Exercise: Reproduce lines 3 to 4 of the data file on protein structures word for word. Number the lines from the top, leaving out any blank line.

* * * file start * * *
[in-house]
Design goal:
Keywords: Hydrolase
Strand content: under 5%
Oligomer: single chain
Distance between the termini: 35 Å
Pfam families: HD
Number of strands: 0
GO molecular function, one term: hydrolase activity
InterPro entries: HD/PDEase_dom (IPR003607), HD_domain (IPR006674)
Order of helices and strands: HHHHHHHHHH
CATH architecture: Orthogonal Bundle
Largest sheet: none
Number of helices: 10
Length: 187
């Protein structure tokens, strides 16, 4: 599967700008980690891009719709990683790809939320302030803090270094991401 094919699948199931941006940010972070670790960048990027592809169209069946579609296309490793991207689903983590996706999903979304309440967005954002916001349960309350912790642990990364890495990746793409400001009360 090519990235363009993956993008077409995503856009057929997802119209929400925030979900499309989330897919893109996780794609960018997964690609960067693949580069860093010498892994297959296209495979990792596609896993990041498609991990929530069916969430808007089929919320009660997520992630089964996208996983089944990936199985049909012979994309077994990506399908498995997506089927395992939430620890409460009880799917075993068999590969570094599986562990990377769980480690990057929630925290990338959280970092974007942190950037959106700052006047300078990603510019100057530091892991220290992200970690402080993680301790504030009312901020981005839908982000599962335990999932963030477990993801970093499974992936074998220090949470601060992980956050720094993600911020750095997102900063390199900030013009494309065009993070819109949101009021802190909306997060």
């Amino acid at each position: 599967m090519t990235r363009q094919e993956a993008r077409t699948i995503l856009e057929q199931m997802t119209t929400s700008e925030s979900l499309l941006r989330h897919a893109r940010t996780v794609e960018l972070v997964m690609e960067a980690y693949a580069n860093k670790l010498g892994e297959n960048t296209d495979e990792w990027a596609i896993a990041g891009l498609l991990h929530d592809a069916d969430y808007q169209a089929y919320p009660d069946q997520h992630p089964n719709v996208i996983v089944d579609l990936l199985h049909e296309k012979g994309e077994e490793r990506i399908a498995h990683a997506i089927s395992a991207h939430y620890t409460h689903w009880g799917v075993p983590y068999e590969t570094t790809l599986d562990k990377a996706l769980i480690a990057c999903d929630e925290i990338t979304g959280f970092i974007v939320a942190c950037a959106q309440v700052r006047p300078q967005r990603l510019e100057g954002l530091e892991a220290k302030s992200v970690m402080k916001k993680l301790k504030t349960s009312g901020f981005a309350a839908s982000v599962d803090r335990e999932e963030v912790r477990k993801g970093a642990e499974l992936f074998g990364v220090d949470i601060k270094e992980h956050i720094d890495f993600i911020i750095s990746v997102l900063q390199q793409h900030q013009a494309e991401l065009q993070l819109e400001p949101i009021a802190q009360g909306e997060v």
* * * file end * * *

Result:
Keywords: Hydrolase
Strand content: under 5%